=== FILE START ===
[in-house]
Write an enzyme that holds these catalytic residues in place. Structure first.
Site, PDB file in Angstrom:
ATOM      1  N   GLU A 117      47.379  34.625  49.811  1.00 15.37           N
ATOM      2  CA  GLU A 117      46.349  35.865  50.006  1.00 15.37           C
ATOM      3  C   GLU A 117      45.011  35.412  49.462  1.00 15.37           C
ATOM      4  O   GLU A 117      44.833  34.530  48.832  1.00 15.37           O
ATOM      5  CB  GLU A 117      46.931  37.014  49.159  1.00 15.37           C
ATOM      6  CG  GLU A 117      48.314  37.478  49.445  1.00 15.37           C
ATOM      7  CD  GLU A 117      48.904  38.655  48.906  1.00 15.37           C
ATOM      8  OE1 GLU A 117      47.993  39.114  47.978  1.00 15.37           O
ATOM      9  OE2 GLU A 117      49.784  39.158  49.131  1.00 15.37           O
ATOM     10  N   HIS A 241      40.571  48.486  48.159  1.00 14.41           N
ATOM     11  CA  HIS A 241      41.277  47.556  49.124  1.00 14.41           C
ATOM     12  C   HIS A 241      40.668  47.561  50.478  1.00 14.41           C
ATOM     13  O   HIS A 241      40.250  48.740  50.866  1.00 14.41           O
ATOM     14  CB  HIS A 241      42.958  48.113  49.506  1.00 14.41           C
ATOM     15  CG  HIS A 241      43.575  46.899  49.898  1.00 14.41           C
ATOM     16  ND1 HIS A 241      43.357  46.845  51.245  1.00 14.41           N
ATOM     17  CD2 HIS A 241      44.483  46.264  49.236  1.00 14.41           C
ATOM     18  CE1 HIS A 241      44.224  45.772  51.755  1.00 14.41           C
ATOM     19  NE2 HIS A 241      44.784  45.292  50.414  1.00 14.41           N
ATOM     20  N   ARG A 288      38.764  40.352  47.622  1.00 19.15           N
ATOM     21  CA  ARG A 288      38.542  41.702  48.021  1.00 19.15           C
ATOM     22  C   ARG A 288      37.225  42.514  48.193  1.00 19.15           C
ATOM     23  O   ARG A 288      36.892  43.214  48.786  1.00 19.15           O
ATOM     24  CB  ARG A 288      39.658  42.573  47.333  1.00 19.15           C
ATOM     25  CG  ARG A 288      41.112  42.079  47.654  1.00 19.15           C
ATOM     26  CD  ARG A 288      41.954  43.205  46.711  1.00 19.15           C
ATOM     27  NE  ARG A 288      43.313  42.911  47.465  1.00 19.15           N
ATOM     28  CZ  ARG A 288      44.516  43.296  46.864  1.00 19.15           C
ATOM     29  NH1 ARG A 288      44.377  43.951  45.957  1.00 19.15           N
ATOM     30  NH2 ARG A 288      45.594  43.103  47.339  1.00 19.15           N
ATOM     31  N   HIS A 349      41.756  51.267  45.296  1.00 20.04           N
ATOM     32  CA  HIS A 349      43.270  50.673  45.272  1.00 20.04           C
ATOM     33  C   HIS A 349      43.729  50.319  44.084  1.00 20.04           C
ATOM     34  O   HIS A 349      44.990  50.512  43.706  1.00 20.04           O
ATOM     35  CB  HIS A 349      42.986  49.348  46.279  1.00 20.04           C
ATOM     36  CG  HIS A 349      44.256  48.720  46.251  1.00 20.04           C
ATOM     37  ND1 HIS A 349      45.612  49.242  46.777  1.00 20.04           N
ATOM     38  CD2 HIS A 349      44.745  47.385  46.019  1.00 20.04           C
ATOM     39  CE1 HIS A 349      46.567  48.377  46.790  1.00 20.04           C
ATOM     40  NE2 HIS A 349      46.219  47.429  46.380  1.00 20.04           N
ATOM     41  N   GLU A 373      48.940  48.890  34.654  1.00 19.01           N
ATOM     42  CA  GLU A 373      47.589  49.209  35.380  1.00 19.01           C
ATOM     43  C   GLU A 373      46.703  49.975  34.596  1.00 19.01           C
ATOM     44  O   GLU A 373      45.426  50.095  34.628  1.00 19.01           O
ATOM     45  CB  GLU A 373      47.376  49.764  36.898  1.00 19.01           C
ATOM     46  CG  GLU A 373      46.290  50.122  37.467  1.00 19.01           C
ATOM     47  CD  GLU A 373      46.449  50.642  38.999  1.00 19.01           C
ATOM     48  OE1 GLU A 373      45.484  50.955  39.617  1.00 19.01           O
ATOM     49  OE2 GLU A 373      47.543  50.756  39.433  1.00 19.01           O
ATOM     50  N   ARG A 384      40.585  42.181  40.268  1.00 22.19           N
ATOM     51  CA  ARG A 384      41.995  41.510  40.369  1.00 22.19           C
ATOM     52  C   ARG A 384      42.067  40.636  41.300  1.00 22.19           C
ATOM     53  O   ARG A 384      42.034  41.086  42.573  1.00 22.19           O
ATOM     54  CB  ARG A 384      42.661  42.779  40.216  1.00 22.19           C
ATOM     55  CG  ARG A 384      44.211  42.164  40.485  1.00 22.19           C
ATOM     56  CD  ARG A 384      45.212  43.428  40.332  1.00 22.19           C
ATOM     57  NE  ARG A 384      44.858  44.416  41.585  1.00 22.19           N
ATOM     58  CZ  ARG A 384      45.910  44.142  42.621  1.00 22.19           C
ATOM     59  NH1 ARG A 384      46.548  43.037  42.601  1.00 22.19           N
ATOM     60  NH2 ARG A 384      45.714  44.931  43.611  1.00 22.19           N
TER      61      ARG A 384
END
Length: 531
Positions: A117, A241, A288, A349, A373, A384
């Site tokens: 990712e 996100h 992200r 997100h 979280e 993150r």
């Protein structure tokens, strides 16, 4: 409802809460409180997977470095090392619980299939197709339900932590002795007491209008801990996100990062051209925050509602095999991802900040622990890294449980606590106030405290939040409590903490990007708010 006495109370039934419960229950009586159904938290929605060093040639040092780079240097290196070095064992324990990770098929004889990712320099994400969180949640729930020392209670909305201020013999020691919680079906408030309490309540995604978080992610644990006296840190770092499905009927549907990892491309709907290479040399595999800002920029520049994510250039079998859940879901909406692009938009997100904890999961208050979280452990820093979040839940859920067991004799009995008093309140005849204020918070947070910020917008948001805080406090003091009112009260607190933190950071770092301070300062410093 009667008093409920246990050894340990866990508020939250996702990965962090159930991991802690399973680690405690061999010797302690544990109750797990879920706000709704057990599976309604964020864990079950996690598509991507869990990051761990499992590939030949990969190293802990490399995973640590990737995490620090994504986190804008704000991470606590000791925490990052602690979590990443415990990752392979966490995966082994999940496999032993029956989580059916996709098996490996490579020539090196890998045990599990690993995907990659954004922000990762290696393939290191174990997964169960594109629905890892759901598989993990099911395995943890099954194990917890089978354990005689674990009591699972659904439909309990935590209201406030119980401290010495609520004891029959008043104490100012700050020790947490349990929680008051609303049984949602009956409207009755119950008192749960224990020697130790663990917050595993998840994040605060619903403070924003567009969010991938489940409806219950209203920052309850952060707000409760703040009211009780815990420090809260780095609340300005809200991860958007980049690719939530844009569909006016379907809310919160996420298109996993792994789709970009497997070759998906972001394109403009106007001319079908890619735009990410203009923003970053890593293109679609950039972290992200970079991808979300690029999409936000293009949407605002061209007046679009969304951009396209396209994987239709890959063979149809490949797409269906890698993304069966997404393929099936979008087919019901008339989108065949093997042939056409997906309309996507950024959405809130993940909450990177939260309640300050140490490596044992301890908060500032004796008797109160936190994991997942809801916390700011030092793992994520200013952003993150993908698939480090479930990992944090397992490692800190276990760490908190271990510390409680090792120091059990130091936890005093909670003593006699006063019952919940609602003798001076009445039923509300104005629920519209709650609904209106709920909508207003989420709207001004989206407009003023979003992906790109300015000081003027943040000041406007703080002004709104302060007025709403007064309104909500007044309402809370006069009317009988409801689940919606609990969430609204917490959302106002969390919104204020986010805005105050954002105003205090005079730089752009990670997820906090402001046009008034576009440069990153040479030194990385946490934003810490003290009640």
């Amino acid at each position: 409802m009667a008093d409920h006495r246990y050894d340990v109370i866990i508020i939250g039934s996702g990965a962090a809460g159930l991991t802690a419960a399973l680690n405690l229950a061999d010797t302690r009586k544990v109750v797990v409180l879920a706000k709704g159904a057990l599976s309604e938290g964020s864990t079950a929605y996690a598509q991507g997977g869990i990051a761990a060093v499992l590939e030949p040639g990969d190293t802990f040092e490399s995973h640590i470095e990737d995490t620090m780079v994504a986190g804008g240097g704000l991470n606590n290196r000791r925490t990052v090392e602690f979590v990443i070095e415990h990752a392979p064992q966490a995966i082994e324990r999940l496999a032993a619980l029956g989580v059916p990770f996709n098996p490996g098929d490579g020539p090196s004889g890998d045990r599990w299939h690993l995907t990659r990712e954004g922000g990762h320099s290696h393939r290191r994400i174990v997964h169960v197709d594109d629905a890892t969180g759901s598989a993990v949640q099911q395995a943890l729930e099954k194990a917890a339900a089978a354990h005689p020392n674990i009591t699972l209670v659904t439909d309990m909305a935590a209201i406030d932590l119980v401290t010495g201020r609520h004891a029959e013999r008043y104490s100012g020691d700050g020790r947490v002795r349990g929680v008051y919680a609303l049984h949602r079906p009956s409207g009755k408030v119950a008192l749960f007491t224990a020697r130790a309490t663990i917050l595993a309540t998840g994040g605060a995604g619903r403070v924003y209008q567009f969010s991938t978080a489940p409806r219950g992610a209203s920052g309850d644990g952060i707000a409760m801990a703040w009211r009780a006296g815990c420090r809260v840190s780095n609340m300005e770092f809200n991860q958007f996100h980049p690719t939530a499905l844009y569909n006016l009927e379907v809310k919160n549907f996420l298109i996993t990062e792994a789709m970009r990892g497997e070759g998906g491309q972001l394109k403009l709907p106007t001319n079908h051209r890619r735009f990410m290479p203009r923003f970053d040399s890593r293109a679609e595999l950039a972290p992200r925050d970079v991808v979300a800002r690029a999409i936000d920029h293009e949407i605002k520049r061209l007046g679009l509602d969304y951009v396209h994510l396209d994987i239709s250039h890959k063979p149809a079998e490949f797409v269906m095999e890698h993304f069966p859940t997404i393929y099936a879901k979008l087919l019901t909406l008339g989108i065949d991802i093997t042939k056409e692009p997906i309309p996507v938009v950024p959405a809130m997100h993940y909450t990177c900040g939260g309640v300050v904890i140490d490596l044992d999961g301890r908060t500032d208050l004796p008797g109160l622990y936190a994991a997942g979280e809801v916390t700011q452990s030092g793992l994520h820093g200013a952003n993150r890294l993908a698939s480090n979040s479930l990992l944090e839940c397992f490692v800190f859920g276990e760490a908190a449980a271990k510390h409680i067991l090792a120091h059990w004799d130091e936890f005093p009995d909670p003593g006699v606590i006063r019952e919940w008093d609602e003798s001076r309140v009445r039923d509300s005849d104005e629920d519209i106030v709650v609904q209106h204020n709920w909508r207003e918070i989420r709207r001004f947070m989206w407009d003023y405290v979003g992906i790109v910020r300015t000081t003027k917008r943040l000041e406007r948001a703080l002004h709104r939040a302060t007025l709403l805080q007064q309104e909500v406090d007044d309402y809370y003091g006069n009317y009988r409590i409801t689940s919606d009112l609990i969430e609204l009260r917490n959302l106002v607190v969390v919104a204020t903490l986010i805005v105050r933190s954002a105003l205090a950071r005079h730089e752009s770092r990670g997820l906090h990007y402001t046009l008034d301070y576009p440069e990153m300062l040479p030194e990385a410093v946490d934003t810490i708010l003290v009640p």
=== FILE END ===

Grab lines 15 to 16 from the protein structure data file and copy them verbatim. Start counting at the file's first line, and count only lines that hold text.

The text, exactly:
ATOM     12  C   HIS A 241      40.668  47.561  50.478  1.00 14.41           C
ATOM     13  O   HIS A 241      40.250  48.740  50.866  1.00 14.41           O